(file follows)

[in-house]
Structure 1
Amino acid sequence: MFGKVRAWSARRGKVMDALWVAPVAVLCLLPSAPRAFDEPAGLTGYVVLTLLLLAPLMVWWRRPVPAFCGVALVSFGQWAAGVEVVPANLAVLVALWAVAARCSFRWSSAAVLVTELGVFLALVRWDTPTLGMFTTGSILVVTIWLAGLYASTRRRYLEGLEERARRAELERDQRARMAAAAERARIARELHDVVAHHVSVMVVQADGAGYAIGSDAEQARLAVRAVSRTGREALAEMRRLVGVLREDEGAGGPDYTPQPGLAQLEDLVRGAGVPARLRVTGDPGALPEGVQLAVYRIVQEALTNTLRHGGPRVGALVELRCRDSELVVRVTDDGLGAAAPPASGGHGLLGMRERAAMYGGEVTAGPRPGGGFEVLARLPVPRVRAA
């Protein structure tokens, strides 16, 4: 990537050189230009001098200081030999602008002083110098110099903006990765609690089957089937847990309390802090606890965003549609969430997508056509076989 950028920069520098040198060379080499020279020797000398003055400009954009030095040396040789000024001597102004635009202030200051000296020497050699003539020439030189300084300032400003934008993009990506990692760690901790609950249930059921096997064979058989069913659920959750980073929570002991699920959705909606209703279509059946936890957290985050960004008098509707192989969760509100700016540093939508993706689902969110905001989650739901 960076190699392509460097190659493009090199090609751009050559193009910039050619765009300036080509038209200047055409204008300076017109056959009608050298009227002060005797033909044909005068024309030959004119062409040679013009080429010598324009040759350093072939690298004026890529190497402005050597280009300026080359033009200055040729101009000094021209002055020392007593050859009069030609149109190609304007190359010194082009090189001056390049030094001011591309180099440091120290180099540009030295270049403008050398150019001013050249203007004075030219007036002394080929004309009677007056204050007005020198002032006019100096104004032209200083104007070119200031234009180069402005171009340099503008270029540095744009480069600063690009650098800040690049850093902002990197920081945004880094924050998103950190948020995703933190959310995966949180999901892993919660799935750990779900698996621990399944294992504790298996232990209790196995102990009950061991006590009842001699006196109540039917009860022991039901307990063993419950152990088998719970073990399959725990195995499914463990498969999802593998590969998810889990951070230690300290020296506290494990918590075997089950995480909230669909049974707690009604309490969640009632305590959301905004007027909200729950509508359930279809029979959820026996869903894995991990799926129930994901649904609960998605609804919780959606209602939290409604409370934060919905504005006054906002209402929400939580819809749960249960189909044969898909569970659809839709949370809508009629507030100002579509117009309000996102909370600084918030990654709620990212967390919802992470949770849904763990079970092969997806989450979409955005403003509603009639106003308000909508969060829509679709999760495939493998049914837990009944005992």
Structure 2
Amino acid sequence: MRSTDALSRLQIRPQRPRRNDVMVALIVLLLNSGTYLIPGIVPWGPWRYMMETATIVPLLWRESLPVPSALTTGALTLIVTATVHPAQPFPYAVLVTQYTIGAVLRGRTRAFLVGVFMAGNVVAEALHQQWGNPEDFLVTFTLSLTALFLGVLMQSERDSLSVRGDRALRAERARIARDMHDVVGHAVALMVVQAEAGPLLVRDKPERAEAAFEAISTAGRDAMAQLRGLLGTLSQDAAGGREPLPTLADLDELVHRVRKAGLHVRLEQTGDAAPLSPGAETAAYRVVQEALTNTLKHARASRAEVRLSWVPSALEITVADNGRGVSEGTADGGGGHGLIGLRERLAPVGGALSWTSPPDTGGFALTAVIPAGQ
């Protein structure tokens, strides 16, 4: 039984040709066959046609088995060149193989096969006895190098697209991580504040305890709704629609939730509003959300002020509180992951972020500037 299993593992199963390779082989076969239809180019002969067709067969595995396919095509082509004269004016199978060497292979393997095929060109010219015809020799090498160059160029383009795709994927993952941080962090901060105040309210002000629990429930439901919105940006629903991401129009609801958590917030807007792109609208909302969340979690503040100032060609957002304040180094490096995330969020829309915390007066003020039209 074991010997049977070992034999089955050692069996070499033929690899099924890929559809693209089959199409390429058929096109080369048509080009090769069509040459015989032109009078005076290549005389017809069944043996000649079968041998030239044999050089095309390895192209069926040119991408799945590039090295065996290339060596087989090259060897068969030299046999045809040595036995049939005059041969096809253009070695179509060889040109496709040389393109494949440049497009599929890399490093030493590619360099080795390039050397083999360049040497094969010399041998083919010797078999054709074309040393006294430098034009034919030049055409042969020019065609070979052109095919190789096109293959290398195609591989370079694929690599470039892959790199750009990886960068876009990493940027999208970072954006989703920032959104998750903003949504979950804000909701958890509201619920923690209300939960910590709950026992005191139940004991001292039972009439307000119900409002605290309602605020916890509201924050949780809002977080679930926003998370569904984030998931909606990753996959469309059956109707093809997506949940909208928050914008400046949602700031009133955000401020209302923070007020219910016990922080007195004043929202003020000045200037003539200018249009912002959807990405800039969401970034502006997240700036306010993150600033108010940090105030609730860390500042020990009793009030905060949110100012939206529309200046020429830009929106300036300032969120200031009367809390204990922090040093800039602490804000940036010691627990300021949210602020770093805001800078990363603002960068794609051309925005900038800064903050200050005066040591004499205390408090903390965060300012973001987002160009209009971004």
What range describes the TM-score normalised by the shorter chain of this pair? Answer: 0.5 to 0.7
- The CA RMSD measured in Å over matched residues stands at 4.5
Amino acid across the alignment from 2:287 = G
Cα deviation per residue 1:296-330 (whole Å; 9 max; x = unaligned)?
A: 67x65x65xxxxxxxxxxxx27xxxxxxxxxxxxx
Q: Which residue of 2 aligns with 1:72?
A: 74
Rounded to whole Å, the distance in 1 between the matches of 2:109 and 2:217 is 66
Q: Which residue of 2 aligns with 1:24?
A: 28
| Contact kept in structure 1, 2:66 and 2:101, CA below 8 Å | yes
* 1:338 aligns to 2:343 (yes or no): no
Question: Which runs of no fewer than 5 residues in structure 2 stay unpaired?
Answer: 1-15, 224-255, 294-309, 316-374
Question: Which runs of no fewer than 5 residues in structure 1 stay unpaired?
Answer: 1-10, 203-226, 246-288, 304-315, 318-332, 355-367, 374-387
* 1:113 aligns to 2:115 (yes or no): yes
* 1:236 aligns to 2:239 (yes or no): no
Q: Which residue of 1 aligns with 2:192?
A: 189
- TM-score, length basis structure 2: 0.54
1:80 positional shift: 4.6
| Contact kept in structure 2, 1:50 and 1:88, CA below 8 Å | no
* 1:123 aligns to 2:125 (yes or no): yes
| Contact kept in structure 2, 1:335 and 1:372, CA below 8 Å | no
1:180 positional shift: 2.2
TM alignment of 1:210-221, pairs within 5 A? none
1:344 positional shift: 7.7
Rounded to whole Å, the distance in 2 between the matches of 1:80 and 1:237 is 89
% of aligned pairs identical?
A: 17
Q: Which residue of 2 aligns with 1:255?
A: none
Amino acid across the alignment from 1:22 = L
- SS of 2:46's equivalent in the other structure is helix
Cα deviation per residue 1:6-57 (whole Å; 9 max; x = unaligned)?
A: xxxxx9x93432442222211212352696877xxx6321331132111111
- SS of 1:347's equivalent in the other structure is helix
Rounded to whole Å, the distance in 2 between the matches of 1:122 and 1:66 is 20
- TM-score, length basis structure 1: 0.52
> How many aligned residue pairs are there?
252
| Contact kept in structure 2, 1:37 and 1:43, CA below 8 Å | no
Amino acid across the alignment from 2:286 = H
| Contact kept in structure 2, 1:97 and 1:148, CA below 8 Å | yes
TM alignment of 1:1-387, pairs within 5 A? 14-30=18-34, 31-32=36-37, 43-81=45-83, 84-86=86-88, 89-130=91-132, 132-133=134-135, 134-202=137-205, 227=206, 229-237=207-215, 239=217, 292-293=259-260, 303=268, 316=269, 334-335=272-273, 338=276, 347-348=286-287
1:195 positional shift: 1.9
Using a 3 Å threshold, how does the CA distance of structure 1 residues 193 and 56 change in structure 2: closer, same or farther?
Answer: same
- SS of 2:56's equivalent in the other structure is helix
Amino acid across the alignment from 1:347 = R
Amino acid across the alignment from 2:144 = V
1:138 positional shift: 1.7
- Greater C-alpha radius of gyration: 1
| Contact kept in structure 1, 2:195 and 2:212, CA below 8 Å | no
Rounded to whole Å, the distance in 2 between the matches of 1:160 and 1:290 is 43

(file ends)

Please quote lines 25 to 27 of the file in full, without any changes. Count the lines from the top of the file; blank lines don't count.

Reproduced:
* 1:236 aligns to 2:239 (yes or no): no
Q: Which residue of 1 aligns with 2:192?
A: 189